The procedure for ‘exorcising’ a spirit, for sending it on its way to the other side, is long, and drawn out, and sometimes very unpleasant for all concerned.

The smile she gives me when she fades into darkness, the sigh she expounds as she gives herself over, is more than enough reward.

The dawn has come an hour hence when we make our weary way out of the stout doors of the Lang House. I clap Sandy, stout fellow that he is, on the shoulder, and thank him once again for his help in a thankless task. In the early light I can see tears brimming in his eyes.

“Will......will she be awright noo, Jimmy? Aye?”

I smile, my grip on Sandy’s shoulder tightening for a moment, and my voice, too, is thick with emotion.

“She will, Sandy, old man. I know it.”

We walk down the gravel path, taking our time, enjoying what will be another lovely day.

There you have it; what I am reasonably sure will be my last case. I grow too old to be chasing after spooks and spectres in all hours of the night, sending them on their way with a flea in their ear, or a blessing.

Then again, you never know what kind of trouble will seek out an amateur ghost hunter. Perhaps Mister James John L_____ of Greenock (Erstwhile Ghost Hunter), and his Hardy Compatriot, Andrew ‘Sandy’ Mc_______ will return in another adventure which is both breathtaking and enlightening.

Sandy’s arm is healing up nicely, by the way.


Sunday, 18 December 2011

Midwinterfestivusmas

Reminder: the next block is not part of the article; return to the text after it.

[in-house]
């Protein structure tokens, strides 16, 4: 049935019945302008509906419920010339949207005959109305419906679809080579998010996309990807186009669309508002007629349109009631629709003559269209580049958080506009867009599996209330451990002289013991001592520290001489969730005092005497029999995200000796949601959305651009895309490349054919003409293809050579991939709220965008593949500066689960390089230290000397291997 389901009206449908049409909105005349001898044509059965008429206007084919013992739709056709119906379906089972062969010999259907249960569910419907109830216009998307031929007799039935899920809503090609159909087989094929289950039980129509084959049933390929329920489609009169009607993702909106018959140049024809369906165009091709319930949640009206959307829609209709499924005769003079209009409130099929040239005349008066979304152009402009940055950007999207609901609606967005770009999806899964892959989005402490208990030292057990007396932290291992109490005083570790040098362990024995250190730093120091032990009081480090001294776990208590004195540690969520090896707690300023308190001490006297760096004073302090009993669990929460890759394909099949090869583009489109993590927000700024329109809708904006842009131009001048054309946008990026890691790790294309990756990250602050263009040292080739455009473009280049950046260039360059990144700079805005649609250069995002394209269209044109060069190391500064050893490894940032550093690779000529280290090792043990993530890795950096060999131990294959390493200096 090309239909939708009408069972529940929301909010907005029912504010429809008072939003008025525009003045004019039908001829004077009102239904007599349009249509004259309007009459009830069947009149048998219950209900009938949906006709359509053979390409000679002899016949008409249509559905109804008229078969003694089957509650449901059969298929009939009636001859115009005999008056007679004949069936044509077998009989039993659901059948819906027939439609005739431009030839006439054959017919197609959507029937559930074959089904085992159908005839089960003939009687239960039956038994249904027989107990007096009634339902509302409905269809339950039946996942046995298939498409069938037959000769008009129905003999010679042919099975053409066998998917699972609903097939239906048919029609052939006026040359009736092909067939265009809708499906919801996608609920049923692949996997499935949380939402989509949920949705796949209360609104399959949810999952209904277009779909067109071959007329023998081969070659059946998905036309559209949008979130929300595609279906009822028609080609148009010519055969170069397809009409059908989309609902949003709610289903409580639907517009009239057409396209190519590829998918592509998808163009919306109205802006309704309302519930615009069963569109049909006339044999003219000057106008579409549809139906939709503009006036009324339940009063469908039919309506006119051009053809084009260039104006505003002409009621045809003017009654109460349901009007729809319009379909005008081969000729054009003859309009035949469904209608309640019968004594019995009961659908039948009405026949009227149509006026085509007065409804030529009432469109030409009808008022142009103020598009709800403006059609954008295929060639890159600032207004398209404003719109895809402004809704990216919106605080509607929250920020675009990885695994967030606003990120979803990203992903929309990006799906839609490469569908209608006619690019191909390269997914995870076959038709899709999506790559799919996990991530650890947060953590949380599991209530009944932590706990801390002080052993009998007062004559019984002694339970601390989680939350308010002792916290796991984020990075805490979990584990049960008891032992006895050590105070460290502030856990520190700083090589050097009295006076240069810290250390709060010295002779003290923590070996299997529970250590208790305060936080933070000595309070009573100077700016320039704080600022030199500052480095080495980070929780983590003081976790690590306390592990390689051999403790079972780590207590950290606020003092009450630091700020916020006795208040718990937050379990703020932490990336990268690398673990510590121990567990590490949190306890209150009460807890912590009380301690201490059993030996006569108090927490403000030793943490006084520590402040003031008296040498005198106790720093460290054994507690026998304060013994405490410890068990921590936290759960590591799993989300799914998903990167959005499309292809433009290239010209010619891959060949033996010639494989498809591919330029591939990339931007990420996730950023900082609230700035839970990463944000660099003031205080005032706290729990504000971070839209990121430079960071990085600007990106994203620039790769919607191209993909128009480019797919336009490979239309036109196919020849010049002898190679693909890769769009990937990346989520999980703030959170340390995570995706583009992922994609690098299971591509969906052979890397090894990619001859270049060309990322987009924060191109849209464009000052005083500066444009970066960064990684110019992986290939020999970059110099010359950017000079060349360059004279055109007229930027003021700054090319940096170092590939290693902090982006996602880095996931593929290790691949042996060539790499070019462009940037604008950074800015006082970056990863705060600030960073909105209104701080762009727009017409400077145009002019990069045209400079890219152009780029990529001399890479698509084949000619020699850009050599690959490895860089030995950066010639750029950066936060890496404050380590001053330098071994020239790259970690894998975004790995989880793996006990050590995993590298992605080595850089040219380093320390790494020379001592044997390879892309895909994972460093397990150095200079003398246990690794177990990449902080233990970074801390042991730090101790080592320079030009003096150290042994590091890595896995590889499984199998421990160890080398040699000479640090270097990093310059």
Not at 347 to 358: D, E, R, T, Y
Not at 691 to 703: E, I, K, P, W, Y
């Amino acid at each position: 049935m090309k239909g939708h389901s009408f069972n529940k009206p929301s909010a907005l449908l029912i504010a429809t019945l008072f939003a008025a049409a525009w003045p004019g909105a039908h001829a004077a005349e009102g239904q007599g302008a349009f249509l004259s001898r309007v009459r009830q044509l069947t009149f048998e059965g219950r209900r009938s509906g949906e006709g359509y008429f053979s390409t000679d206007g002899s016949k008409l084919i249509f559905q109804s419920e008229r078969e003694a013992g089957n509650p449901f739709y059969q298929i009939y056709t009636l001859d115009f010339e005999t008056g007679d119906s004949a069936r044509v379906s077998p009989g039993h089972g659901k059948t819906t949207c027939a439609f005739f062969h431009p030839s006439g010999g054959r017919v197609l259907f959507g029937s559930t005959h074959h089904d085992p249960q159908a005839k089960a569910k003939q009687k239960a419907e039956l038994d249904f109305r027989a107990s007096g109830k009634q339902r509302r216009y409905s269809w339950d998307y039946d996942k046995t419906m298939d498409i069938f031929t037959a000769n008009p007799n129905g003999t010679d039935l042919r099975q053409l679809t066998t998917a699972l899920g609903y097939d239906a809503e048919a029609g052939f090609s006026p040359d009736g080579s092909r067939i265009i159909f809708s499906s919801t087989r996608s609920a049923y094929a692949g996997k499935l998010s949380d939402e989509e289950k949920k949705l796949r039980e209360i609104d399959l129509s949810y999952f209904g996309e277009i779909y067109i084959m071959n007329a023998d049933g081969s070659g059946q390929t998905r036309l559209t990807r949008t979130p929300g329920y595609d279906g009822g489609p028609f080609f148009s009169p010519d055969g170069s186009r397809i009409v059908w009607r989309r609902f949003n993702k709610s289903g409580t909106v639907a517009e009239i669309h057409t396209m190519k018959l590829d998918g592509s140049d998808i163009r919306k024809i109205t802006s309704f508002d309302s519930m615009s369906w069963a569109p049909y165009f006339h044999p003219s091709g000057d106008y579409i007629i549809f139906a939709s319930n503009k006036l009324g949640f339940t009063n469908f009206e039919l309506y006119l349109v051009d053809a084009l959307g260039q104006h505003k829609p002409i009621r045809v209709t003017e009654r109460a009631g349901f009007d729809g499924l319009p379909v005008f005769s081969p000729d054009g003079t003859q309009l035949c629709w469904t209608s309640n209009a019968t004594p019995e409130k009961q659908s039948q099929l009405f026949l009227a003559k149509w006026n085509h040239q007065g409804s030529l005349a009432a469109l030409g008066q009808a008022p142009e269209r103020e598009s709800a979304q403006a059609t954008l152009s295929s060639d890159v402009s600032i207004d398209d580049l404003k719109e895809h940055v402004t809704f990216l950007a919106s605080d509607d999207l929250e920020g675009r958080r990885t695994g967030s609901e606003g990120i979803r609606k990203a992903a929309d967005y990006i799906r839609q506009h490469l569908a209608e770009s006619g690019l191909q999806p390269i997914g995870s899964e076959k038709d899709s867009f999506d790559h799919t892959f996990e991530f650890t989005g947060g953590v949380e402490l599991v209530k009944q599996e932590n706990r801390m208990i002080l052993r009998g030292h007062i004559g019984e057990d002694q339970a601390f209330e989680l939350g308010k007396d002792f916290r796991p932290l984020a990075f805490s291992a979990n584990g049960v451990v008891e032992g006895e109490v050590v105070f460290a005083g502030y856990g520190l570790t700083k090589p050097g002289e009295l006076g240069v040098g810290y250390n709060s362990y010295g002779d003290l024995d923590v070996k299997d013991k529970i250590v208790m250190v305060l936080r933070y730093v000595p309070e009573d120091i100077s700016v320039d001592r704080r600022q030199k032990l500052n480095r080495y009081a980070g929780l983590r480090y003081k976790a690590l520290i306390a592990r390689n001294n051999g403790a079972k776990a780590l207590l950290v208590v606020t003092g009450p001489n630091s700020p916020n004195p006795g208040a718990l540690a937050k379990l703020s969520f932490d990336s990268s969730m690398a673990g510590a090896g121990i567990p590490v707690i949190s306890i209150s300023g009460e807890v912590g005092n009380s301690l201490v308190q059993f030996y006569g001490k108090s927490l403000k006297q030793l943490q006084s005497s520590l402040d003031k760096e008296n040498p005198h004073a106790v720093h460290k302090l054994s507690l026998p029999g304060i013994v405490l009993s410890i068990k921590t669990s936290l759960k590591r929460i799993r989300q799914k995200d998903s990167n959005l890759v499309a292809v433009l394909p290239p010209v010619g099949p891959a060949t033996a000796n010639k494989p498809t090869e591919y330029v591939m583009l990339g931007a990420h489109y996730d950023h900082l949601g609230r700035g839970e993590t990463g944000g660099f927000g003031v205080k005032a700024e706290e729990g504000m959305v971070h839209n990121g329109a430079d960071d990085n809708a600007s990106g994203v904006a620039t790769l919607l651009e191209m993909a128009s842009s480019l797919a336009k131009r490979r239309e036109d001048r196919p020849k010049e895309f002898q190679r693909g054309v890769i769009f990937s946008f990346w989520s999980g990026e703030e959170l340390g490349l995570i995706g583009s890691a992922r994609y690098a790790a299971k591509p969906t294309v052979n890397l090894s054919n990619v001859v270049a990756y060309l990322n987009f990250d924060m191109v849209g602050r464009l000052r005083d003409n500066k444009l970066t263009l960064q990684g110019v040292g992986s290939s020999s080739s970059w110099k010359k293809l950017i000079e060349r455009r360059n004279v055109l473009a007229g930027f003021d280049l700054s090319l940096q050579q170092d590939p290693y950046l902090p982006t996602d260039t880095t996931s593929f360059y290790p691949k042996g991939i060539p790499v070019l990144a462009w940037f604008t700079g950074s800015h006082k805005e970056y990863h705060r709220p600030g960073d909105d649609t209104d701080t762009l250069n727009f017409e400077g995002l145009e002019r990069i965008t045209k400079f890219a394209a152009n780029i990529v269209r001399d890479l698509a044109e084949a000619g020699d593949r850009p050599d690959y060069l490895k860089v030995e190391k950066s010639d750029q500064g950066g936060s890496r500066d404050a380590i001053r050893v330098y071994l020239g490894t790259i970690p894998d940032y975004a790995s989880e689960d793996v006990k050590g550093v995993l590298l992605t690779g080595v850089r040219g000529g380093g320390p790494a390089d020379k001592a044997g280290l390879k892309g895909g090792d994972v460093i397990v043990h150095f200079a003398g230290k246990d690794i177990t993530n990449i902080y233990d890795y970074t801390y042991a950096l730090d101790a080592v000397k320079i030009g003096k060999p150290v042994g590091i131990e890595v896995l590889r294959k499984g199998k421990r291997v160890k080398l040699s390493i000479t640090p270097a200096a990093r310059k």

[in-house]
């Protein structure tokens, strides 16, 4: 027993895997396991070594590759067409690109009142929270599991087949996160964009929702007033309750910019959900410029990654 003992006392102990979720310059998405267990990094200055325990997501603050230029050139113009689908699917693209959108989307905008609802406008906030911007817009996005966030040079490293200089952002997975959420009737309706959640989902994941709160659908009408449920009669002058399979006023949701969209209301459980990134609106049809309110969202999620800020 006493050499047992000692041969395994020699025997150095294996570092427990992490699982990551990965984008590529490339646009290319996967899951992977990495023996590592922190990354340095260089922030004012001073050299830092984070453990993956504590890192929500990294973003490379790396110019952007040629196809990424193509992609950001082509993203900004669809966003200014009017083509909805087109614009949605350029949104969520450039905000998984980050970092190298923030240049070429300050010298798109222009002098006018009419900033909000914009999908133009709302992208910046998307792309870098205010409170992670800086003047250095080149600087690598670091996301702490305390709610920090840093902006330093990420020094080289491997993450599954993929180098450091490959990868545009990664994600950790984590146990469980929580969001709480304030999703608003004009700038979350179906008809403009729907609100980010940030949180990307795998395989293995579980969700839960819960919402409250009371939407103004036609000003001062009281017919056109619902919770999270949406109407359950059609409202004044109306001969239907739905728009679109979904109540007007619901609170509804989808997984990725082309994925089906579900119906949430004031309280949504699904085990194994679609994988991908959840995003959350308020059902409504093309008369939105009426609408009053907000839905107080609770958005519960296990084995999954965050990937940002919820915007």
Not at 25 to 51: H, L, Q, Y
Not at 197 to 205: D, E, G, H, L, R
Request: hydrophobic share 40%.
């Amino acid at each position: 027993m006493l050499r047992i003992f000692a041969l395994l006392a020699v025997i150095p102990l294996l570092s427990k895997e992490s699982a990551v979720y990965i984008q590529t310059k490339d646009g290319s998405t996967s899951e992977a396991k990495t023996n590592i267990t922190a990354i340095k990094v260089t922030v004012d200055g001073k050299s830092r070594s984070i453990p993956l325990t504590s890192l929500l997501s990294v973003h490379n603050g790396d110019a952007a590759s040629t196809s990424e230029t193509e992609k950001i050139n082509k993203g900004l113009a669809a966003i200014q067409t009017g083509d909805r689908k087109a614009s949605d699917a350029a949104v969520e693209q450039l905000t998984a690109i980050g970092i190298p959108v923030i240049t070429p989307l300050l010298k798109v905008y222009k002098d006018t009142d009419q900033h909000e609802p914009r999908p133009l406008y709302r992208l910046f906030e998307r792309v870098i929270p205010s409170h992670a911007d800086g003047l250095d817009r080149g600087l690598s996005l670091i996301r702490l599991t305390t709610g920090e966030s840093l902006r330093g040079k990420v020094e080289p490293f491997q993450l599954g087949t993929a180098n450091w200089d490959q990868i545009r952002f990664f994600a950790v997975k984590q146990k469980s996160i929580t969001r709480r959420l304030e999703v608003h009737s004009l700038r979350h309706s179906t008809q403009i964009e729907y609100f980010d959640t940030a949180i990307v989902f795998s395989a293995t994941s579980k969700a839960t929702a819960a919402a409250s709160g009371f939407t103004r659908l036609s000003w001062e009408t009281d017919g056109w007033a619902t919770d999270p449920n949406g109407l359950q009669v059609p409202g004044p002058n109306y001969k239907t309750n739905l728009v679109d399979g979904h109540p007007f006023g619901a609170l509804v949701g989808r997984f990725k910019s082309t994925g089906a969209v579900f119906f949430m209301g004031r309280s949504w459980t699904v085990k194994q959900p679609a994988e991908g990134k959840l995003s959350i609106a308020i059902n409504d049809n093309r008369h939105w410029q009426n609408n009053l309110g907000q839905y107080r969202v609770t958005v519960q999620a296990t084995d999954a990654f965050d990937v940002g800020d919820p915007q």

It’s the most wonderful time of the year – especially if you’re a dusty old historian or perhaps a militant atheist – because this is a great time to try to disavow people of their popularly held wintertime beliefs by sucking all the fun out of them with “facts”.

Here at Magic Torch we are (and I use the term carefully) “a broad church”, from non-believers through to true-believers; but even the most secular of our band of merry men still enjoys the odd Christmas carol without worrying that we’ll be sent to stand in the corner by Richard Dawkins. Where do you draw the line? Not using the NORAD Santa tracker cos it might not be 100% scientifically accurate? Go on…enjoy yerself ya big Grinch.

As such, we’re taking a wee momentary break from our regularly scheduled Ghost Story programming to share some Christmas fakelore with you all. Some of these midwinter spoilers are true, some of them aren’t. Go google em. And I guarantee you’ll find stuff even more strange than what we’ve listed below.

Enjoy yer midwinter festival and all it’s trappings and traditions, whatever they may be.

The Ho Ho Horror!
Such is the reach of the evil capitalist machine, that many people believe Santa’s red clothing is a result of the Coca Cola company turning his traditional wintergreens into their lovely corporate colours. In fact, Santa’s red is representative of skinned reindeer pelts which the shamanic figure wore inside out like a proto Lady Gaga meat dress.